November 7, 2010

Wash, Rinse, Repeat

I’m a cloth convert for sure. I tried cloth diapers over the summer and came to like them a lot. If you’re a friend on Facebook, you can read all about my cloth diaper trial in my notes (pre-blog, you know). I’m sure there will be a post about the virtues of cloth sometime soon, but for now, I’m going to share with you the glamour of being an Air Force wife. I have come to realize that cloth diapering only really works when you have your own washer and dryer. Laundry rooms—not so much.

Another fun aspect, giving H a bath in the blow-up tub in the shower stall.

On our recent stay in Altus, America we had the good fortune to have our family together—three of us in two small rooms. When I say small, I mean the entire dorm could fit inside my living room with room to spare. Really, I could fill entire blog entries with the dorms here and how they could be improved (blowing them up is one option).

Thankfully the Air Force does provide a free laundry room for their dorms. If this story involved rolls and rolls quarters, it would take on horrifically annoying proportions.

Normally, we get H in bed and take the wet bag downstairs; we do one quick load of laundry, dry, and they’re ready in the morning. Herein lies my first problem. H sleeps in the living room. There isn’t actually room for her pack and play in the bedroom. I might be able to slip past her once or twice to wash the diapers, assuming she sleeps through the draft and squeaking door. But washing diapers here involves four round trips.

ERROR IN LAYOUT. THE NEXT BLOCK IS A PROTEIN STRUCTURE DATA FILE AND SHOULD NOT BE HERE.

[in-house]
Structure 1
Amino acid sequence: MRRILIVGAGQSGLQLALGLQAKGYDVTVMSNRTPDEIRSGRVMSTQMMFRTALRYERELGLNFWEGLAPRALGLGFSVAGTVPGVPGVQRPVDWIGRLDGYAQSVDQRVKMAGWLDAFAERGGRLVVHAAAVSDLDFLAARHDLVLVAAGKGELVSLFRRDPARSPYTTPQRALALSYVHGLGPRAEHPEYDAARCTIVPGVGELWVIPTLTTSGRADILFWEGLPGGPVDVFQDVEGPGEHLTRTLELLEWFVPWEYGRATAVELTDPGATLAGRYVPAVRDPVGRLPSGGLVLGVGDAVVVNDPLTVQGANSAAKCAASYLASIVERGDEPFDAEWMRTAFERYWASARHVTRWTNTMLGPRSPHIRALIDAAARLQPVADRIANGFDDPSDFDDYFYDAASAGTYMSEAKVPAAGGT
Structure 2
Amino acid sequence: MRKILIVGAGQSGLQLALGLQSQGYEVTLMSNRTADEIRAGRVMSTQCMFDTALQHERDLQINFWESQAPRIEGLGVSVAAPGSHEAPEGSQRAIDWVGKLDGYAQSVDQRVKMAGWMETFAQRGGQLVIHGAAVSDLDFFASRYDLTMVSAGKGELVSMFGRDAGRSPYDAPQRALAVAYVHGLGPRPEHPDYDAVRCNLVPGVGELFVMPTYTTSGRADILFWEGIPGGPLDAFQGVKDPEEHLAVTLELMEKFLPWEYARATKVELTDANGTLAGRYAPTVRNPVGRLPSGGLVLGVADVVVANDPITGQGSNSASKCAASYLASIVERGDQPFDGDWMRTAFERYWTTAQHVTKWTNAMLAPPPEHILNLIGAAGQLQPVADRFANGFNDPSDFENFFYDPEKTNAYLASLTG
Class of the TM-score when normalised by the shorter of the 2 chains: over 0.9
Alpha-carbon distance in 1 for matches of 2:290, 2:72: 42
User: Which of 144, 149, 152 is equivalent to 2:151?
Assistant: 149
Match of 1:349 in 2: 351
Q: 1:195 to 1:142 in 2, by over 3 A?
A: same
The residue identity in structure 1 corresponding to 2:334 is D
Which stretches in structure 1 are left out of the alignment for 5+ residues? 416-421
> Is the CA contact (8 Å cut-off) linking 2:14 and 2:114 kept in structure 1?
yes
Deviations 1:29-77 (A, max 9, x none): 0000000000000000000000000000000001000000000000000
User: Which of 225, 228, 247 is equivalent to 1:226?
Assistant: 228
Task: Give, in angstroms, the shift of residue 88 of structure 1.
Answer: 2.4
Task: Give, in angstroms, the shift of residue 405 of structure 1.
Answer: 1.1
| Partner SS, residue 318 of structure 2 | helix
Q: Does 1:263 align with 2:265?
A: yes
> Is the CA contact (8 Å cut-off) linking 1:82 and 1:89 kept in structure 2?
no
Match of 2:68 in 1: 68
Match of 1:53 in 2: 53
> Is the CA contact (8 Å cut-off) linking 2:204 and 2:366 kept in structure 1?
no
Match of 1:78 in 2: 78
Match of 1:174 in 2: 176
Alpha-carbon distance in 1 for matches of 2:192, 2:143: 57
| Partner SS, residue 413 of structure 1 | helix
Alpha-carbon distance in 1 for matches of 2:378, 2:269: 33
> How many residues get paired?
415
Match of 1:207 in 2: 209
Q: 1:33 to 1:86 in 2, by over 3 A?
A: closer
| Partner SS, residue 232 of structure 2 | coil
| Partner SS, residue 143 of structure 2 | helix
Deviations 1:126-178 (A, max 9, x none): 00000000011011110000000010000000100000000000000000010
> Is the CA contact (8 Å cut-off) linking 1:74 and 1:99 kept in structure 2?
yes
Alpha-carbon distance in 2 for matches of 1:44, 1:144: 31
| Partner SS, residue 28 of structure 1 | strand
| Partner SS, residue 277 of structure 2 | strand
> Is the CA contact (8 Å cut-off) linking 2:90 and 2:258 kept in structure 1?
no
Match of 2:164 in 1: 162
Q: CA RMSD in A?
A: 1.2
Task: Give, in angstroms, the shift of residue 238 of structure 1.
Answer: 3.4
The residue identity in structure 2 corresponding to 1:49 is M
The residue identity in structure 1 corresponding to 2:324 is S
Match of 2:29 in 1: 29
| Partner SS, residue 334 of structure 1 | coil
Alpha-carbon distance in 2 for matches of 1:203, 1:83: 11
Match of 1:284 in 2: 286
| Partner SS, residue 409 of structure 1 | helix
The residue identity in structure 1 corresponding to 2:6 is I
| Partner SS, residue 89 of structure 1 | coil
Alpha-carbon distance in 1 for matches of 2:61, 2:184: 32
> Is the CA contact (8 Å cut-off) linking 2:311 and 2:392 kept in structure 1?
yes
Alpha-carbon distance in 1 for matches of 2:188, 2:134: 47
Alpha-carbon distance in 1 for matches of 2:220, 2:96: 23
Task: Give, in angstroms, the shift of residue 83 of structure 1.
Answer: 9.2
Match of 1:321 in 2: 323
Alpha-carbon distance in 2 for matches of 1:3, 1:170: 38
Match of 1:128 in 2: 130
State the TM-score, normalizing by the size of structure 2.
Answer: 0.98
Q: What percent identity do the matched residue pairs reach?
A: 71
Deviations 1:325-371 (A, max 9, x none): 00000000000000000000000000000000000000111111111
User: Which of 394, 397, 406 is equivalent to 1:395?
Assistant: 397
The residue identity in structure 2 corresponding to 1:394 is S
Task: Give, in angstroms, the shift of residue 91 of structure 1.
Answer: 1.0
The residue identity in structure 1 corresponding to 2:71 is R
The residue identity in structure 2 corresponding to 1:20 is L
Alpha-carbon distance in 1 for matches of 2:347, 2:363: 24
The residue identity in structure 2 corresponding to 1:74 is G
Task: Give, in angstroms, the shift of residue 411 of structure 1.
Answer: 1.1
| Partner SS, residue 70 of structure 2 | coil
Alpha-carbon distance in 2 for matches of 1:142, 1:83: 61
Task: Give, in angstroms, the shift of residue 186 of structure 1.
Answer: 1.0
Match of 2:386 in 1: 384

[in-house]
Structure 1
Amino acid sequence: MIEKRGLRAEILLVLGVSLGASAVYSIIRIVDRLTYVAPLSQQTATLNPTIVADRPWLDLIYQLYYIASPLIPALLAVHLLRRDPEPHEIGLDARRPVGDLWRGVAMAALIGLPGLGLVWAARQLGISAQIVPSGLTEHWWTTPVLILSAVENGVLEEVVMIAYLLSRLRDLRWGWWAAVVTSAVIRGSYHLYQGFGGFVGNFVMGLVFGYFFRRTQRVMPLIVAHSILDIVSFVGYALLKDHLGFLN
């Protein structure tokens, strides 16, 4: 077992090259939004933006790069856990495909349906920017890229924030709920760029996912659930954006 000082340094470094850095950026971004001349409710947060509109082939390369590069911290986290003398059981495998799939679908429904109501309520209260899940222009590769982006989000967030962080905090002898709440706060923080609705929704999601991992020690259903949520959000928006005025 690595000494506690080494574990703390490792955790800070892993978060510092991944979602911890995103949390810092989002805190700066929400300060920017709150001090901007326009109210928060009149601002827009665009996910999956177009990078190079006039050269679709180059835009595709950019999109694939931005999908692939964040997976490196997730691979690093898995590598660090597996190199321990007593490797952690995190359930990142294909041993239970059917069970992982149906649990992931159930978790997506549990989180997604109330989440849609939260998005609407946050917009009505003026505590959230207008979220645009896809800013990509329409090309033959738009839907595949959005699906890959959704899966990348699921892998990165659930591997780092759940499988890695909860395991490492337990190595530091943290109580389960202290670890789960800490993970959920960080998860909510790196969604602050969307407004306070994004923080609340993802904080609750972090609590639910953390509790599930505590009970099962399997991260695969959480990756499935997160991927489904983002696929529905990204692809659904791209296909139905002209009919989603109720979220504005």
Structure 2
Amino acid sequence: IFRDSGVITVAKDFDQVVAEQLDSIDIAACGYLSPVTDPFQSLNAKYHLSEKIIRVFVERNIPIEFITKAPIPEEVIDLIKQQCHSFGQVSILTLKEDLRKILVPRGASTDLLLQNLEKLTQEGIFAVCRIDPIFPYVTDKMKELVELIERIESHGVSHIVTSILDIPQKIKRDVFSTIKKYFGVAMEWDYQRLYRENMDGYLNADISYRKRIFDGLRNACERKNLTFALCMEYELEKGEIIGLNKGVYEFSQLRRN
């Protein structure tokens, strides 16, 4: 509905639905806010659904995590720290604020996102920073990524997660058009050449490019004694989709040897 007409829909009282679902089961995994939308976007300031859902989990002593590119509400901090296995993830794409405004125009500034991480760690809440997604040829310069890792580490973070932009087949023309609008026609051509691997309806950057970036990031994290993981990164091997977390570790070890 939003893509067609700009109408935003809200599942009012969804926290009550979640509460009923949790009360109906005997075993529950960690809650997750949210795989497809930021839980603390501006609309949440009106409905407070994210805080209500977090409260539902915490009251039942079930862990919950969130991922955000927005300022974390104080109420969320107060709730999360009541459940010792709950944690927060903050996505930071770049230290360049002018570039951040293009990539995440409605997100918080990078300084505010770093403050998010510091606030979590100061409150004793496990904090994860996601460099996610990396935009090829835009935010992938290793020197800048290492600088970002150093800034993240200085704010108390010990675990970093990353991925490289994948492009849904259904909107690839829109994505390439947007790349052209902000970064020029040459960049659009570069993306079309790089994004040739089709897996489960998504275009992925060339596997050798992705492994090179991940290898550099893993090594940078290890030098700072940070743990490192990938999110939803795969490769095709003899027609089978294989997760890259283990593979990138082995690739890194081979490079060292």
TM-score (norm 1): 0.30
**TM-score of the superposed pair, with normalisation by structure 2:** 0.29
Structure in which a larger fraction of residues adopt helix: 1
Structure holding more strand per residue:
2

The washers have no pre-rinse cycle and no second rinse option. Round 1: Empty wet bag into machine and run a light wash with cold water. Round 2: Add soap and run an extra clean wash on hot water. Round 3: Run a normal cold wash to finish rinsing. Round 4: Transfer to the dryer. Total time: At least 2.5 hours.

If everyone had to wash diapers this way, no one would do it.

Diaper wash has to be done during the day, which means that it usually takes much more than 2.5 hours because in the middle of it we have to go to story time, get the mail, or take naps. I’m usually on the last clean diaper by the time the wash is actually done.

Part of me is tempted to go out and get some disposables. The wash is the only problem that would solve. I’ve discovered that my little 12-14 hour sleeper has a bladder capacity larger than the average disposable diaper’s absorption ability. Every time she sleeps in a disposable, she, the PJs, and the sheets are wet in the morning. A solution that translates into a daily load of laundry is not helpful. This brings us back to square one.

For the time being all we can do is adapt and be flexible. Flexibility, after all, is the key to air power (those of you who know me well know the right mix of humor, annoyance, and long-suffering this phrase evokes).

With quite a bit of travel planned for 2011, this little adventure gives me food for thought. It seems to me there’s only one way to avoid this problem in the future: potty training. Oh, boy.


  1. A) I feel your pain and am thankful that I could always run away to OKC. Just think, there are families that stay in those dorms with 2, 3, or 4 children.

    B) If she's leaking through her disposables, move up a size. Ben has always slept 12 hours, and he doesn't leak.

    C) Did you try putting the P&P in the closet? I know a lot of people do that, and then you could do the diapers at night. You know, if you don't break down and just get disposables.

    D) Keep writing!

  2. Buy more diapers??? :-) I have to say, the part about "flexibility being the key to air power" cracked me up. We say that all the time around here. Actually, when Paul first started telling me that, soon after we met in 2003, I thought the phrase was "Flexibility is the key to OUR power," which I guess, in a way, is true too. :-)


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